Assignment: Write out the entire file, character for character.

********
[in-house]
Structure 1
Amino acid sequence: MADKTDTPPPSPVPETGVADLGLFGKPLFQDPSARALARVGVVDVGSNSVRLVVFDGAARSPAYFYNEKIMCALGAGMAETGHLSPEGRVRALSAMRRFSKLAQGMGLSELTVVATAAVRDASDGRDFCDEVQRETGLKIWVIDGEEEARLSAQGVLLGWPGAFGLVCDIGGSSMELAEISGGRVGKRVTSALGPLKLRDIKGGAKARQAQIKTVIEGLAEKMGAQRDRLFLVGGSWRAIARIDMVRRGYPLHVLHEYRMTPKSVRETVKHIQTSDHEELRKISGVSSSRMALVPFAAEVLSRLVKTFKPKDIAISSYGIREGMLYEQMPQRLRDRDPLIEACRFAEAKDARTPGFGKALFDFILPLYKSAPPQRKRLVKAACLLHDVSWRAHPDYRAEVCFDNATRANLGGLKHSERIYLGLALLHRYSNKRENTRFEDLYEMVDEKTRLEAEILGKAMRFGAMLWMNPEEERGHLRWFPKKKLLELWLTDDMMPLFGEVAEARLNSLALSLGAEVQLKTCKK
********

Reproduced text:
[in-house]
Structure 1
Amino acid sequence: MADKTDTPPPSPVPETGVADLGLFGKPLFQDPSARALARVGVVDVGSNSVRLVVFDGAARSPAYFYNEKIMCALGAGMAETGHLSPEGRVRALSAMRRFSKLAQGMGLSELTVVATAAVRDASDGRDFCDEVQRETGLKIWVIDGEEEARLSAQGVLLGWPGAFGLVCDIGGSSMELAEISGGRVGKRVTSALGPLKLRDIKGGAKARQAQIKTVIEGLAEKMGAQRDRLFLVGGSWRAIARIDMVRRGYPLHVLHEYRMTPKSVRETVKHIQTSDHEELRKISGVSSSRMALVPFAAEVLSRLVKTFKPKDIAISSYGIREGMLYEQMPQRLRDRDPLIEACRFAEAKDARTPGFGKALFDFILPLYKSAPPQRKRLVKAACLLHDVSWRAHPDYRAEVCFDNATRANLGGLKHSERIYLGLALLHRYSNKRENTRFEDLYEMVDEKTRLEAEILGKAMRFGAMLWMNPEEERGHLRWFPKKKLLELWLTDDMMPLFGEVAEARLNSLALSLGAEVQLKTCKK